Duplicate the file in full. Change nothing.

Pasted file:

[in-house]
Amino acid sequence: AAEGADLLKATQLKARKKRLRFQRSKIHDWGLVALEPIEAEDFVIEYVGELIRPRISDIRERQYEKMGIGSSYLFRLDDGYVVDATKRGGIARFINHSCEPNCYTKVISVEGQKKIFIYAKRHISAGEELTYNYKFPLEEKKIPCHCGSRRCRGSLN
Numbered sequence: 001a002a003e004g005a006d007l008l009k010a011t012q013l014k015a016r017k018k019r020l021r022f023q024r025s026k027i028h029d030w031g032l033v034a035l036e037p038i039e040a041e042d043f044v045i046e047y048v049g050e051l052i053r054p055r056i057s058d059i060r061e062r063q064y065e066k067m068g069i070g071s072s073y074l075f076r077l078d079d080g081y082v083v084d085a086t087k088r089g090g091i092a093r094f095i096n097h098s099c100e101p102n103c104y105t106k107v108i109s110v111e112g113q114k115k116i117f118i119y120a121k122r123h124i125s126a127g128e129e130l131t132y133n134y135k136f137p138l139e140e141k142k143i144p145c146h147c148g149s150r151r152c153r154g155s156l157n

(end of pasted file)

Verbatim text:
[in-house]
Amino acid sequence: AAEGADLLKATQLKARKKRLRFQRSKIHDWGLVALEPIEAEDFVIEYVGELIRPRISDIRERQYEKMGIGSSYLFRLDDGYVVDATKRGGIARFINHSCEPNCYTKVISVEGQKKIFIYAKRHISAGEELTYNYKFPLEEKKIPCHCGSRRCRGSLN
Numbered sequence: 001a002a003e004g005a006d007l008l009k010a011t012q013l014k015a016r017k018k019r020l021r022f023q024r025s026k027i028h029d030w031g032l033v034a035l036e037p038i039e040a041e042d043f044v045i046e047y048v049g050e051l052i053r054p055r056i057s058d059i060r061e062r063q064y065e066k067m068g069i070g071s072s073y074l075f076r077l078d079d080g081y082v083v084d085a086t087k088r089g090g091i092a093r094f095i096n097h098s099c100e101p102n103c104y105t106k107v108i109s110v111e112g113q114k115k116i117f118i119y120a121k122r123h124i125s126a127g128e129e130l131t132y133n134y135k136f137p138l139e140e141k142k143i144p145c146h147c148g149s150r151r152c153r154g155s156l157n